Of course, I agree with Mark's last point, and think his advice about Justice Kennedy should apply to everyone, not just the left. Another good way to distinguish the academic brief-writers from the actual scholars is the amount of attention they pay to patching or redoing Justice Kennedy's writing and massaging his ego.    

Posted by Paul Horwitz on May 7, 2016 at 11:30 AM in Paul Horwitz | Permalink


We can know through both Faith and reason, in regards to "Wrongful Discrimination, Religious Freedom, Pluralism, and Equality", that any act, including any sexual act, that demeans the inherent personal and relational Dignity of the human person as a beloved son, daughter, brother, sister, husband, wife, father, mother, would be unjust discrimination.
All persons have the inherent Right to be treated with Dignity and respect in private as well as in public.

Posted by: N.D. | May 13, 2016 1:33:27 PM

"Let Us Make man in Our Image." - The Ordered Communion Of Perfect Love, The Most Holy And Undivided Blessed Trinity.

God Is Love. Love exists in relationship. Love is ordered to the inherent personal and relational Dignity of the persons existing in a relationship of Love.

God Is The Author of Love, of Life, and of Marriage.
One cannot deny Genesis, without denying the inherent Dignity of the human person, who has been created to live in Loving relationship, in communion with God.

Posted by: N.D. | May 12, 2016 3:27:23 PM

"In the end, My Immaculate Heart will triumph."

It is important to note how often propaganda, under the guise of “the culture war", has been used to promote and condone evil. To deny the humanity, and thus the inherent Dignity of a son or daughter residing in their mother’s womb is to deny the inherent Dignity of all persons, who, from the moment of conception, have been created in The Image and Likeness of God, equal in Dignity, while being complementary as a beloved son or daughter.

Speciation occurs at the moment of conception, thus a human person can only conceive a human person, and every son and daughter of a human person can only be a human person. Due to ultrasound and DNA testing, it is no longer possible to claim ignorance, vincible or invincible, in regards to the act of abortion.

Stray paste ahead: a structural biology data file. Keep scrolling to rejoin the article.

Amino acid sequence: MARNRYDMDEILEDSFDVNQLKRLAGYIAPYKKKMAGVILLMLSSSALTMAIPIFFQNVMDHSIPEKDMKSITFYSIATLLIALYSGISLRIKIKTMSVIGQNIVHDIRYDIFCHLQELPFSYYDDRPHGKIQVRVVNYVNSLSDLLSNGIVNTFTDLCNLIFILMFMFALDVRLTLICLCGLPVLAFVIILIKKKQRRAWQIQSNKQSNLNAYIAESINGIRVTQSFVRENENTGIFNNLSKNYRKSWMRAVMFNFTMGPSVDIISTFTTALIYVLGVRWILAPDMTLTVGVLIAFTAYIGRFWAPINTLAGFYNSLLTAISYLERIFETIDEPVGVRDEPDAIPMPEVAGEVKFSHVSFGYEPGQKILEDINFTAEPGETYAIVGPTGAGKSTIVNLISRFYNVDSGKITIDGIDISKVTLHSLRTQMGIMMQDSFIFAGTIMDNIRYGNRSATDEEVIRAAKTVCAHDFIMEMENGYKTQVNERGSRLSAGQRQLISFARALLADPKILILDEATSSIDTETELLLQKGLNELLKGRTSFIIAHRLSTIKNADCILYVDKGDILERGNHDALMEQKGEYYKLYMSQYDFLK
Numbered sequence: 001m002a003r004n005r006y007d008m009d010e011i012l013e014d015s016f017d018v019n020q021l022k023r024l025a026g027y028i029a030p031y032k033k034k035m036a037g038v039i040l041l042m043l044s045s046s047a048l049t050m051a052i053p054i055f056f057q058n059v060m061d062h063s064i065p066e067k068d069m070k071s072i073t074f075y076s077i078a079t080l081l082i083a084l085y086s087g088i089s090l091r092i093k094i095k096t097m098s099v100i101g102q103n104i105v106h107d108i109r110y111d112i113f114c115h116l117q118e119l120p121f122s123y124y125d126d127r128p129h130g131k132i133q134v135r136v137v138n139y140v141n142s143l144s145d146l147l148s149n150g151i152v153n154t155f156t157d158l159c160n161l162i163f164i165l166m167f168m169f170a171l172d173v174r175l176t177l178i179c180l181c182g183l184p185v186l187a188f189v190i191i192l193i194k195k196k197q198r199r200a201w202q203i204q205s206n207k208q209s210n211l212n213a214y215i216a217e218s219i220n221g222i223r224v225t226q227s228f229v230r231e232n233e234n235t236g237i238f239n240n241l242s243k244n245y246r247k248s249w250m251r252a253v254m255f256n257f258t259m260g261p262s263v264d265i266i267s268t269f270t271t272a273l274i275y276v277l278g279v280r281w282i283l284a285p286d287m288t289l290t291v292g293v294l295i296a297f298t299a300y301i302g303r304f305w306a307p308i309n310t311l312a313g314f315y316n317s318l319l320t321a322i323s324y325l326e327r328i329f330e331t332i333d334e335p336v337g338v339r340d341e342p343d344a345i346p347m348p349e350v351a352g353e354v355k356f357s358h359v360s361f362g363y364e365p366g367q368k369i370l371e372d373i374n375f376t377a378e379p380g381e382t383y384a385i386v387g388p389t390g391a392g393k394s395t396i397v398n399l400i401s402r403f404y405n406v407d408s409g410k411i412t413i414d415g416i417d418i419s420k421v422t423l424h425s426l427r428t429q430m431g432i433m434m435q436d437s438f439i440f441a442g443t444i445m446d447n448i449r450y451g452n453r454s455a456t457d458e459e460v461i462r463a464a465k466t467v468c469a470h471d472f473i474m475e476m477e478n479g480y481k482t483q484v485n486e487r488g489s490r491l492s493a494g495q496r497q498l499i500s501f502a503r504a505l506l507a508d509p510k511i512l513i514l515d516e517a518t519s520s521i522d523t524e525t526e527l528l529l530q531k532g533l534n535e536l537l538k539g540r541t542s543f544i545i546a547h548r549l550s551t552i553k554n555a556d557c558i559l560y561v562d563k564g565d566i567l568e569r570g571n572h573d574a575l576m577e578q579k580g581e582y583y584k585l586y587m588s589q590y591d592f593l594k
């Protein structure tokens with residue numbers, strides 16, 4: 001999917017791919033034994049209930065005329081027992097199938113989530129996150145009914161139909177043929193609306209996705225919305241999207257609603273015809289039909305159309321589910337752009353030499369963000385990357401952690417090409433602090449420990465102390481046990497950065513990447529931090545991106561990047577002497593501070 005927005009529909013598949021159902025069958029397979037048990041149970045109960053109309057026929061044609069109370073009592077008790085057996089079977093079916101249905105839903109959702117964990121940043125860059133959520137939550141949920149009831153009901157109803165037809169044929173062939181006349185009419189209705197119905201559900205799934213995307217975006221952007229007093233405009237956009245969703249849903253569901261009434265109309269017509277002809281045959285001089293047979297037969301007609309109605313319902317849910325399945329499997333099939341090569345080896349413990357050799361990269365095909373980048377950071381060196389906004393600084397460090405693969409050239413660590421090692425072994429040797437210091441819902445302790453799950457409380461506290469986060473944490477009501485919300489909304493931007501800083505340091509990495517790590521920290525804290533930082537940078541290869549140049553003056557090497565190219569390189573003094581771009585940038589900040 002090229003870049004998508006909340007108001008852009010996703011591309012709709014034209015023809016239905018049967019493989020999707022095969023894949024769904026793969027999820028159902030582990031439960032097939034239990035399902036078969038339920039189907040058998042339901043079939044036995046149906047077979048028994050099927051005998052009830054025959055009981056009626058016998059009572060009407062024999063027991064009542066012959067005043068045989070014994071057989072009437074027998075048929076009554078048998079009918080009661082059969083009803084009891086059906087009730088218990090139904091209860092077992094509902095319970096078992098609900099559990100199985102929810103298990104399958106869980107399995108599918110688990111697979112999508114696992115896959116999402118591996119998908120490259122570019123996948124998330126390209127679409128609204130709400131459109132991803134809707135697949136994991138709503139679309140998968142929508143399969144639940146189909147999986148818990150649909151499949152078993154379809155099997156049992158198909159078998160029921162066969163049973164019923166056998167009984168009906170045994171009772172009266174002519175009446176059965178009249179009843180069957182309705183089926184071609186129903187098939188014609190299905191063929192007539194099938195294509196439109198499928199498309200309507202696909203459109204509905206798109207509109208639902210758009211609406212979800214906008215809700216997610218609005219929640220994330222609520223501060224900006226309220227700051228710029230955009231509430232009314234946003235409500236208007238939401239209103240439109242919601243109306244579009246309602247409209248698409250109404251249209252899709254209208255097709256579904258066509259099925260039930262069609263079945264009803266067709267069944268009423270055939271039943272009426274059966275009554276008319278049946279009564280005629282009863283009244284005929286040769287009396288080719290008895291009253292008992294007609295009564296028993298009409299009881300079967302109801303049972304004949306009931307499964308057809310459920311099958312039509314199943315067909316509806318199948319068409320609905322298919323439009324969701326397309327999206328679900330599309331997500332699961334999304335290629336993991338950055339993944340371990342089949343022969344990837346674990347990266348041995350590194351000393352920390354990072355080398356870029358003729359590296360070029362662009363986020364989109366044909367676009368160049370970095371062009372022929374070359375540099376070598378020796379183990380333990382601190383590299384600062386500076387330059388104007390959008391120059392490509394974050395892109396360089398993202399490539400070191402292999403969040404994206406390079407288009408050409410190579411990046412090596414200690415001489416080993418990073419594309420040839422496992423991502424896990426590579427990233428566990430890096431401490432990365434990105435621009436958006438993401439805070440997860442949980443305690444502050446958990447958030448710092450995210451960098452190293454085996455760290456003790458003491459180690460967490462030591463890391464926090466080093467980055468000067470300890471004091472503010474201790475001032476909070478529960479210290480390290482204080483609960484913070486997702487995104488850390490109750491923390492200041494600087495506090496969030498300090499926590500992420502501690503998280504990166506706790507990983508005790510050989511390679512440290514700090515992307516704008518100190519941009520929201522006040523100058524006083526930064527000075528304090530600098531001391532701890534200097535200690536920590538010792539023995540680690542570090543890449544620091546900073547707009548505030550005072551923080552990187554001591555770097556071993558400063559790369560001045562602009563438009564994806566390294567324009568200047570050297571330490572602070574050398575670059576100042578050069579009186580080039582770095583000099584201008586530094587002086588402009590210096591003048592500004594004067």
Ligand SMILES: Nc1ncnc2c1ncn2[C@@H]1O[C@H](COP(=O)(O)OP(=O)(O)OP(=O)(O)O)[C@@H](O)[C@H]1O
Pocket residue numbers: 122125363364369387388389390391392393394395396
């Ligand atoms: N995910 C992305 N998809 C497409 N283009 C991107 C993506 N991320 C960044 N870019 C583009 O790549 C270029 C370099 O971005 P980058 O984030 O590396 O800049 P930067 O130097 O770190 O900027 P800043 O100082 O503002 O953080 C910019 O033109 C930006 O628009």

The marital act is life-affirming and life-sustaining, and can only be consummated between a man and woman united in marriage as husband and wife.

Persons who respect the inherent Dignity of the human person would not be condoning or promoting demeaning sexual behavior of any nature, including between a man and woman existing in relationship as husband and wife, under the guise of a culture war, or the guise of civil discourse.


Only The Truth of Love can set us free, and lead us to Salvation!

Posted by: N.D. | May 12, 2016 3:10:50 PM

You're right that I put it too strongly in asserting that "the left" "lost" the primaries, of course. Consider it a puckish response to Mark's puckish post, although there was a point behind it: Mark doesn't necessarily represent the center of Democratic Party or liberal thought, or at least the thought of those who are actually going to maintain the reins of power in the party, and so he is in effect asking someone else to do the heavy lifting he suggests is required. They are free to decline.

Posted by: Paul Horwitz | May 7, 2016 4:32:10 PM

Or rather "a" moderate. Brennan was continuously in the middle position including regarding libel, obscenity, criminal justice issues, etc.

Anyway, in various cases, the liberal justices did not "assert nervously," so the opportunity is there. Garland would hurt the "f" the Kennedy advice which might be why some conservatives want Republicans in the Senate to allow his confirmation. JHW as usual has some good things to say in his comment.

Posted by: Joe | May 7, 2016 2:22:28 PM

The post suggests using Brennan & Marshall as models.

Brennan started as the moderate on the Warren Court.

Posted by: Joe | May 7, 2016 2:15:20 PM

"Mark's post is, among other things, an advertisement for the continuing importance of ideological diversity in the hiring of law professors and the admission of law students."

So true.

"Another good way to distinguish the academic brief-writers from the actual scholars is the amount of attention they pay to patching or redoing Justice Kennedy's writing and massaging his ego."

Oh my! (translation: so true).

Posted by: Edward Cantu | May 7, 2016 2:08:14 PM

All of Tushnet's proposals seem fairly mainstream liberal to me (at least ideologically, they certainly take a more political view of law than many liberals are comfortable with). Other things Tushnet has written aside, I don't read this blog post as having an especially left-wing (as distinct from liberal) cast. And I wouldn't read the result of the Democratic primary in the starkly ideological terms you suggest; "the left" didn't lose, a particular candidate lost to another particular candidate who was different from him in lots of ways other than ideology.

I agree, though, that Tushnet leaves a lot out in what he says about the culture wars. Among other things, he fails to consider that there are losses to the business of shared social life inherent in taking a scorched-earth approach. It's not just a question of "winning." There is the further question of what happens after. I, for one, would rather have my neighbor resent me only for things that seemed fairly important to do, and not for things that really weren't necessary.

Posted by: JHW | May 7, 2016 1:09:06 PM